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This year Sydney Water celebrates its history, people and contributions to Sydney since 1888. In 1888, Sydney did not have adequate water and sewerage services and was at the mercy of limited water supply, droughts and sanitation problems causing serious health issues, including an outbreak of typhoid fever. Today, Sydney Water is Australia’s largest water utility and operates more than 21,000 kilometres of water pipes, 269 reservoirs, 24,000 kilometres of wastewater pipes and over 800 pumping stations.
In support of the International Year of Water Cooperation, the United Nations Association of Australia (Vic) Sustainability Leadership Seminar, Corporate Water Valuation: Accounting for Risks and Impacts, Valuing Ecosystem Services will bring together experts and practitioners from business, government and civil society to discuss corporate water valuation as a critical area of natural capital valuation for Australian business.
Leaders and decision-makers from across Australia and the Asia Pacific will take their seats at the upcoming Asia Pacific Water Recycling Conference. This event will compel you to discuss and debate a diverse range of water recycling challenges and solutions, explore new innovative technologies and ways to improve public acceptance, project delivery and thought leadership.
It is an exciting time, full of change for the water sector. With shifting government agendas and extreme climate conditions, the work of water professionals is as important as ever. To overcome the challenges, we need to ensure we are innovative, strong leaders, and are able to effectively communicate and engage with the community. An event of the Australian Water Association (AWA), the joint Water Education, Water Efficiency & Water Skills National Conference is an opportunity to learn, share experience and network with other water professionals.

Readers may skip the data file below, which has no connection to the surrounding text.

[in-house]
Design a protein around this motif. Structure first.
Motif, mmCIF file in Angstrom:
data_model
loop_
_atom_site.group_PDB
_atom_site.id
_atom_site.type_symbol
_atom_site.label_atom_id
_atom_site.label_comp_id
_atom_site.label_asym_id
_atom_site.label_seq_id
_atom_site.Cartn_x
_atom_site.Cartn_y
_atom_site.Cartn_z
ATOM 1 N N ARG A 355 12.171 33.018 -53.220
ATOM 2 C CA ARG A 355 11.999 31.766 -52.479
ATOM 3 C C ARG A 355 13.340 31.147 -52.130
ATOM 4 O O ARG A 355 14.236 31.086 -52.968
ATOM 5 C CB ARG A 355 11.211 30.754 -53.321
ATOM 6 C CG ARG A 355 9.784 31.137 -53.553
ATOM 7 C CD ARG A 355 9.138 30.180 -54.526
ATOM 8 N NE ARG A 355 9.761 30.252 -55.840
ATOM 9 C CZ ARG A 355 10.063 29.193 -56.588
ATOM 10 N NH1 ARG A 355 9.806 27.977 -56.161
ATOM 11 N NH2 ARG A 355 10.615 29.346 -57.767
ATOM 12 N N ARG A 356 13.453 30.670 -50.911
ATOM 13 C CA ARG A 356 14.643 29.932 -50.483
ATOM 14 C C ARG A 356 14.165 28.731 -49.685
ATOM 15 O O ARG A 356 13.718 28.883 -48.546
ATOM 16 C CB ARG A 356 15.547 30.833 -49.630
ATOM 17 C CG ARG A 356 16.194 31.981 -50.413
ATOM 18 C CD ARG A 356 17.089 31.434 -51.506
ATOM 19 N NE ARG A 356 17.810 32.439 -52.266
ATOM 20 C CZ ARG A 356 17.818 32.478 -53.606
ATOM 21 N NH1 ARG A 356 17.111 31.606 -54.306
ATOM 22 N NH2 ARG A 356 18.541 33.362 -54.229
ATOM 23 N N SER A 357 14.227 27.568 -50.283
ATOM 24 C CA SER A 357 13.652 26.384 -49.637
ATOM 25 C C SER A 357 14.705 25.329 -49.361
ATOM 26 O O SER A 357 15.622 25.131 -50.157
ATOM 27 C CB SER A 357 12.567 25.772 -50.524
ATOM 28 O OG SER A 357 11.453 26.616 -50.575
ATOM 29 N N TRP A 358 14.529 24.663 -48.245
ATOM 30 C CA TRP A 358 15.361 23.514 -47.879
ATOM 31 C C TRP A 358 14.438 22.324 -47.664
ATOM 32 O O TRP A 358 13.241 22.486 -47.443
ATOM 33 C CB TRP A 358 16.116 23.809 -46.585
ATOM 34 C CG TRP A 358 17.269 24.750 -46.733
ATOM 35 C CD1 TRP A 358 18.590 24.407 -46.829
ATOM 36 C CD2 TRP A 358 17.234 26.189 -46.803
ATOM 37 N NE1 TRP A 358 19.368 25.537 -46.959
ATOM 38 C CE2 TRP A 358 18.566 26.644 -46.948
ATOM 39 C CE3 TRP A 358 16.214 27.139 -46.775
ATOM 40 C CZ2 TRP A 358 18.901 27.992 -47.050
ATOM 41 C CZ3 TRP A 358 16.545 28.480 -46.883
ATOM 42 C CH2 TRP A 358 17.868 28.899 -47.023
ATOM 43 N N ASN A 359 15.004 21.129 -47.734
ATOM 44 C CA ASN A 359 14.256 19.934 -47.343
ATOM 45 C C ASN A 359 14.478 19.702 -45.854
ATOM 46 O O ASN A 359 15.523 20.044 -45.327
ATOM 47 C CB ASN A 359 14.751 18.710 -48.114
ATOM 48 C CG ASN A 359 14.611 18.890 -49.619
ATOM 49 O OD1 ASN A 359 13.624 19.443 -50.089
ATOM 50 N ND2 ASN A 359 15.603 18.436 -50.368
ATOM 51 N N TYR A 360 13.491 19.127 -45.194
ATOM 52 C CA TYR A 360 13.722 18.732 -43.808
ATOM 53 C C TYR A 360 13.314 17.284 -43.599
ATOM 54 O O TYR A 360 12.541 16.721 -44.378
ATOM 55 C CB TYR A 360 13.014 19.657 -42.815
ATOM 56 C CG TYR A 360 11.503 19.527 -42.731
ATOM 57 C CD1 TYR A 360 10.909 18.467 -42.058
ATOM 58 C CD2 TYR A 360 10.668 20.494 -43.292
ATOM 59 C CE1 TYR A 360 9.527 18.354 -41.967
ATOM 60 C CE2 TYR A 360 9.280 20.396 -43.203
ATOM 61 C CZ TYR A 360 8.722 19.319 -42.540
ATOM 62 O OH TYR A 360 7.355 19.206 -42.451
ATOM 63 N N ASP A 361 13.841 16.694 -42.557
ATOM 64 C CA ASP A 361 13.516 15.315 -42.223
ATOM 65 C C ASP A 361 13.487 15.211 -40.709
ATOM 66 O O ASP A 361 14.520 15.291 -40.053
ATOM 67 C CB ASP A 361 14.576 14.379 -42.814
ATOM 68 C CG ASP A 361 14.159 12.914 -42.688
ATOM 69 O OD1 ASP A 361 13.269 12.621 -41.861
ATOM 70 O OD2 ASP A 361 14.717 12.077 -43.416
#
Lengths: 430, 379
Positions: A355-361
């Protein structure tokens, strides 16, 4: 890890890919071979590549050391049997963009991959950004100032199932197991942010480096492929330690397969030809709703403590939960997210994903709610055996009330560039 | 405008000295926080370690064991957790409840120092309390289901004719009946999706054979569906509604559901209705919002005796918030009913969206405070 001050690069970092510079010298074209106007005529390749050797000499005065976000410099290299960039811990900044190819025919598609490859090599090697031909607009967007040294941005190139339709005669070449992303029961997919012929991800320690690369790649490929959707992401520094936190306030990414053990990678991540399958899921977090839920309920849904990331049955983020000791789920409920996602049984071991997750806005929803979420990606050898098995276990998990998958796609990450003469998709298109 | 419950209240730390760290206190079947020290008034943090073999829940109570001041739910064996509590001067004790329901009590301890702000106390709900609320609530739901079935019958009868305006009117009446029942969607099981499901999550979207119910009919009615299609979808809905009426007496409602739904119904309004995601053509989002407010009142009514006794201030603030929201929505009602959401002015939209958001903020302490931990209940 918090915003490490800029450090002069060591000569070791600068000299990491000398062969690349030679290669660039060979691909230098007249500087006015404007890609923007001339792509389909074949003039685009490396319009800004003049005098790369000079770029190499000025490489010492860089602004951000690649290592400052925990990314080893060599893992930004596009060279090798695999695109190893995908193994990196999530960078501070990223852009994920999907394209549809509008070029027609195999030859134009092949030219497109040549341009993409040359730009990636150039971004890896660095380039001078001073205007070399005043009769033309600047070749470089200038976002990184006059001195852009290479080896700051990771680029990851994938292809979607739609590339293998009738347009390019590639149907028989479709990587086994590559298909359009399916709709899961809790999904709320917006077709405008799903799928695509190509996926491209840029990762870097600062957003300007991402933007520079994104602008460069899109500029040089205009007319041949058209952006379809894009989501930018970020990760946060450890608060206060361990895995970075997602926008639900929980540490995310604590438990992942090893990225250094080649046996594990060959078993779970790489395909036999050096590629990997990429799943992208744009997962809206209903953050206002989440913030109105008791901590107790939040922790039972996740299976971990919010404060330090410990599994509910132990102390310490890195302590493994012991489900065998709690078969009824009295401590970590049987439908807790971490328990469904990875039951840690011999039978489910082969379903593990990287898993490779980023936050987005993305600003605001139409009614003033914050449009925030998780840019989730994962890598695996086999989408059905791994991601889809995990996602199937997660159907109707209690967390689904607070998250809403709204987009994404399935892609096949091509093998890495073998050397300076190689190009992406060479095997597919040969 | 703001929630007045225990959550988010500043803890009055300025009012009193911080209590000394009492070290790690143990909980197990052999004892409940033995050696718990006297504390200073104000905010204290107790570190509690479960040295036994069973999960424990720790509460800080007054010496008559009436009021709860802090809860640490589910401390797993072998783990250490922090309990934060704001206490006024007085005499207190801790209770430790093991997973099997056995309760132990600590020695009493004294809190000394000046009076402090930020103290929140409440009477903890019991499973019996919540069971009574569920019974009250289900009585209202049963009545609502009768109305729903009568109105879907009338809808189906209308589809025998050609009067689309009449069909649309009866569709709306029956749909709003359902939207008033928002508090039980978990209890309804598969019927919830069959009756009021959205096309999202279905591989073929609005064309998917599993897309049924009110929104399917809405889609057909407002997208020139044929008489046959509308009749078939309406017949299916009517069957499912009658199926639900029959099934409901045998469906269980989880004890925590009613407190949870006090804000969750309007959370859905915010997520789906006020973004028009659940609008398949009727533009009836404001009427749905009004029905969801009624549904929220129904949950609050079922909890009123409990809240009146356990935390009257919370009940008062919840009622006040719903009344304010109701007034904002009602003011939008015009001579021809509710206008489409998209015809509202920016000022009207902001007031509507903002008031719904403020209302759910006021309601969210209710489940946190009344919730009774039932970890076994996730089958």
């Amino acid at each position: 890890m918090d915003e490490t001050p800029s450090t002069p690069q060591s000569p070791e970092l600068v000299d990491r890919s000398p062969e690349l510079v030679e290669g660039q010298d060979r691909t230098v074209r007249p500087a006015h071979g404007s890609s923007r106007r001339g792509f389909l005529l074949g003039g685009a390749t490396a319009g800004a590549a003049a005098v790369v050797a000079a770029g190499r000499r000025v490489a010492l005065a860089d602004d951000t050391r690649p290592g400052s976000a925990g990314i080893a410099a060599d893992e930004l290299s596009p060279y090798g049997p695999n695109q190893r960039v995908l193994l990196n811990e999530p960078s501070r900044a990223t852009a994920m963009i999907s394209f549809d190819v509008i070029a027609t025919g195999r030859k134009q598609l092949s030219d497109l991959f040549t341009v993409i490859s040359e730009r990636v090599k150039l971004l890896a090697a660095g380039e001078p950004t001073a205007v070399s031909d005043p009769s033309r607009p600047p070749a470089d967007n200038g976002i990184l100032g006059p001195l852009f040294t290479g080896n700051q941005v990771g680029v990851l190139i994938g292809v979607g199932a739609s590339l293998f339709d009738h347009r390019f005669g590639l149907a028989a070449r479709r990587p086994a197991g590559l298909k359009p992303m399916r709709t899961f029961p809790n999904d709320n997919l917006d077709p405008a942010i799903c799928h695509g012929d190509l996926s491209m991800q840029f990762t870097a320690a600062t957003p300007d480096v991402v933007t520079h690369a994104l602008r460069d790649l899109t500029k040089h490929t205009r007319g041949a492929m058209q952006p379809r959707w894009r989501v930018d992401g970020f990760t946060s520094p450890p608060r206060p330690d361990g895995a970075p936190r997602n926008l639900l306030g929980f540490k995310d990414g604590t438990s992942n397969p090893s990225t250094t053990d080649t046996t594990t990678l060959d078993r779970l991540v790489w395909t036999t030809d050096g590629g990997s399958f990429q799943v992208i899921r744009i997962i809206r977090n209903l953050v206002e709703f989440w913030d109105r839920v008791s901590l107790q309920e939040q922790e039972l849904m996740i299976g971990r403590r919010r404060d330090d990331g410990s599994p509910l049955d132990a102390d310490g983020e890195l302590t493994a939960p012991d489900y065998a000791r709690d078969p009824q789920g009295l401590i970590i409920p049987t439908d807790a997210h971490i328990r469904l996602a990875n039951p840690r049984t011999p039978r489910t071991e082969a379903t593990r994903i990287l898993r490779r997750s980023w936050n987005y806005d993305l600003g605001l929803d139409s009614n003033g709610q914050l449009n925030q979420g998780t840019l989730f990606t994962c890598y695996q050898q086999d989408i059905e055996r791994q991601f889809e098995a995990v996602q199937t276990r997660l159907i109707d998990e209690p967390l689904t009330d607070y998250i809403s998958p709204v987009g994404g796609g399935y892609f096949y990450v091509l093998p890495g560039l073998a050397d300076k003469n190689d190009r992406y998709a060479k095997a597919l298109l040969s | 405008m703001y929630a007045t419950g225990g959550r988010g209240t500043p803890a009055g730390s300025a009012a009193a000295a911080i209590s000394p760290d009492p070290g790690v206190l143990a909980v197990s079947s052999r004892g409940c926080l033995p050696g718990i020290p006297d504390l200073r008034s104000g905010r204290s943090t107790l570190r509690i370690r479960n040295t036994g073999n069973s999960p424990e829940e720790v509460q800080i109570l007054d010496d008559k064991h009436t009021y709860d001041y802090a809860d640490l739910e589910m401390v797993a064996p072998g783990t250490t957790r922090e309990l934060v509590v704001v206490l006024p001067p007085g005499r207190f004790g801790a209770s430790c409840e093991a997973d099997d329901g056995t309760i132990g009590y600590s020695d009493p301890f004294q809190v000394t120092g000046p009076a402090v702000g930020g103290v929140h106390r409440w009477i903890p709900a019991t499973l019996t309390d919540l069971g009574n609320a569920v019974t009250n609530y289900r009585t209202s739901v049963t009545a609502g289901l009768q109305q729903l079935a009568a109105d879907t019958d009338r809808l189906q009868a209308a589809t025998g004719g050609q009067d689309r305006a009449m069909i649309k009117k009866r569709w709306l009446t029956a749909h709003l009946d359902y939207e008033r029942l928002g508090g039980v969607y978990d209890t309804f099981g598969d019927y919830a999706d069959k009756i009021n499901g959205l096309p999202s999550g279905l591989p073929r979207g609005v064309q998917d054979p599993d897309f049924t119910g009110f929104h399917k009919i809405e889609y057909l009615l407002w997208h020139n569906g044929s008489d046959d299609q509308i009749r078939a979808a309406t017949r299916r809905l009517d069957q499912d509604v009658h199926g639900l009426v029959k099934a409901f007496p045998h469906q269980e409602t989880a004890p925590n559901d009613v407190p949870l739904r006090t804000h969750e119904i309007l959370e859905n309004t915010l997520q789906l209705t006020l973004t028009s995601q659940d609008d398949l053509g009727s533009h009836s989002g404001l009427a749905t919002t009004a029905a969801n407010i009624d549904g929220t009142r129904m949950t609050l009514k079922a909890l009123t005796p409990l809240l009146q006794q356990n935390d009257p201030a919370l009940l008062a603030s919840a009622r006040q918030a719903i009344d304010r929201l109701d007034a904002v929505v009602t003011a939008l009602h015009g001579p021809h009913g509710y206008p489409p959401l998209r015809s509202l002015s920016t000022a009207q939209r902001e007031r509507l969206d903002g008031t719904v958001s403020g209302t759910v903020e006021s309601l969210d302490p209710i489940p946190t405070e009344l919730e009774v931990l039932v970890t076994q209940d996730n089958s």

World Water Day is held annually on 22 March as a means of focusing attention on the importance of freshwater and advocating for the sustainable management of freshwater resources. 2013 has been declared as the United Nations International Year of Water Cooperation, and in reflection of this declaration World Water Day 2013 will also be dedicated to water cooperation.
The new CRC for Water Sensitive Cities brings together the inter-disciplinary research expertise and thought-leadership to undertake research that will revolutionise water management in Australia and overseas. In collaboration with over 70 research, industry and government partners, we will deliver the socio-technical urban water management solutions, education and training programs, and industry engagement required to make towns and cities water sensitive.
In 2009, the World Business Council for Sustainable Development (WBCSD) and IUCN released Water for Business – the first online guide specifically designed for businesses to help them manage water more sustainably by providing them with an overview of water tools and initiatives which they can use or engage with. The third edition is now available.
National Water Week is an annual awareness week that aims to improve community understanding of water issues in Australia. Water must be used wisely if there is to be enough to meet the needs of future generations. Awareness about the amount of water used in everyday tasks is the first step in developing a responsible approach to water use. That is why the theme for this year’s National Water Week is ‘Valuing our Water’.
Globally, urban growth will add 1.5 billion people to cities by 2030, making the difficult task of urban water provisions even more challenging. In the article Global Urban Growth and the Geography of Water Availability, Quality, and Delivery, the authors develop a conceptual framework of urban water provision as composed of three axes: water availability, water quality, and water delivery. For each axis, quantitative proxy measures are calculated for all cities with more than 50,000 residents, and then the strategies cities are using in response if they are deficient on one of the axes are briefly discussed.
Participants are encouraged to submit their photos of water – the good, bad and the ugly – in western Sydney for the Water in the Landscape Photo Competition. The photo competition is open to any photo that captures water in a natural or urban environment and has three categories – schools, individuals 16 years and over, and individuals 15 years and younger. First, second and third prizes will be awarded for each category. The competition closes on 31 July 2012.
© Bruce Boyes 2008-2013
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